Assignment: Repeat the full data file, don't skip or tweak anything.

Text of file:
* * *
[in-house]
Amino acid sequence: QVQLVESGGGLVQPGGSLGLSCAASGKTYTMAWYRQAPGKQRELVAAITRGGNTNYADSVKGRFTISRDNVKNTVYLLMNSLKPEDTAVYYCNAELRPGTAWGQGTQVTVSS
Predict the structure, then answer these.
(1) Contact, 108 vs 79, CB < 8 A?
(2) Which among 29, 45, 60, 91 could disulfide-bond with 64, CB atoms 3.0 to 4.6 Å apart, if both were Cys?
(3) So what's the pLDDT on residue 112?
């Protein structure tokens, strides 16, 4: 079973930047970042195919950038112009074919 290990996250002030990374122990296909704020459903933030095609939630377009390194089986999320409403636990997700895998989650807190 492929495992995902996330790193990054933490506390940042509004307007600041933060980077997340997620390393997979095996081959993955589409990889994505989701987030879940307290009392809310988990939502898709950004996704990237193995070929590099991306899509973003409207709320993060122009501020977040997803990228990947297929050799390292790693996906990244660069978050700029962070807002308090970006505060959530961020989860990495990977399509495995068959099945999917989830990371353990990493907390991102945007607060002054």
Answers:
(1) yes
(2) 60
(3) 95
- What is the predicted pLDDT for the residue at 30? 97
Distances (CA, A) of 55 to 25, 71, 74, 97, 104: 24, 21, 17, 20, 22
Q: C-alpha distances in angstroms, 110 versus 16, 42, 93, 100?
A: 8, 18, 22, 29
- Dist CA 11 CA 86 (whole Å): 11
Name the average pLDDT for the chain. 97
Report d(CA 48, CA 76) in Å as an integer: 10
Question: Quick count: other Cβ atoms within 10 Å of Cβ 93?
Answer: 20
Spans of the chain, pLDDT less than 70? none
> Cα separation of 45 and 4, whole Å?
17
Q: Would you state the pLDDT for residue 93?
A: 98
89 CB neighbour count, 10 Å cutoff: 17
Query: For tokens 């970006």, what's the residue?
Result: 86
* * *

[in-house]
Amino acid sequence: QVQLVESGGGLVQPGGSLGLSCAASGKTYTMAWYRQAPGKQRELVAAITRGGNTNYADSVKGRFTISRDNVKNTVYLLMNSLKPEDTAVYYCNAELRPGTAWGQGTQVTVSS
Predict the structure, then answer these.
(1) Contact, 108 vs 79, CB < 8 A?
(2) Which among 29, 45, 60, 91 could disulfide-bond with 64, CB atoms 3.0 to 4.6 Å apart, if both were Cys?
(3) So what's the pLDDT on residue 112?
């Protein structure tokens, strides 16, 4: 079973930047970042195919950038112009074919 290990996250002030990374122990296909704020459903933030095609939630377009390194089986999320409403636990997700895998989650807190 492929495992995902996330790193990054933490506390940042509004307007600041933060980077997340997620390393997979095996081959993955589409990889994505989701987030879940307290009392809310988990939502898709950004996704990237193995070929590099991306899509973003409207709320993060122009501020977040997803990228990947297929050799390292790693996906990244660069978050700029962070807002308090970006505060959530961020989860990495990977399509495995068959099945999917989830990371353990990493907390991102945007607060002054």
Answers:
(1) yes
(2) 60
(3) 95
- What is the predicted pLDDT for the residue at 30? 97
Distances (CA, A) of 55 to 25, 71, 74, 97, 104: 24, 21, 17, 20, 22
Q: C-alpha distances in angstroms, 110 versus 16, 42, 93, 100?
A: 8, 18, 22, 29
- Dist CA 11 CA 86 (whole Å): 11
Name the average pLDDT for the chain. 97
Report d(CA 48, CA 76) in Å as an integer: 10
Question: Quick count: other Cβ atoms within 10 Å of Cβ 93?
Answer: 20
Spans of the chain, pLDDT less than 70? none
> Cα separation of 45 and 4, whole Å?
17
Q: Would you state the pLDDT for residue 93?
A: 98
89 CB neighbour count, 10 Å cutoff: 17
Query: For tokens 């970006």, what's the residue?
Result: 86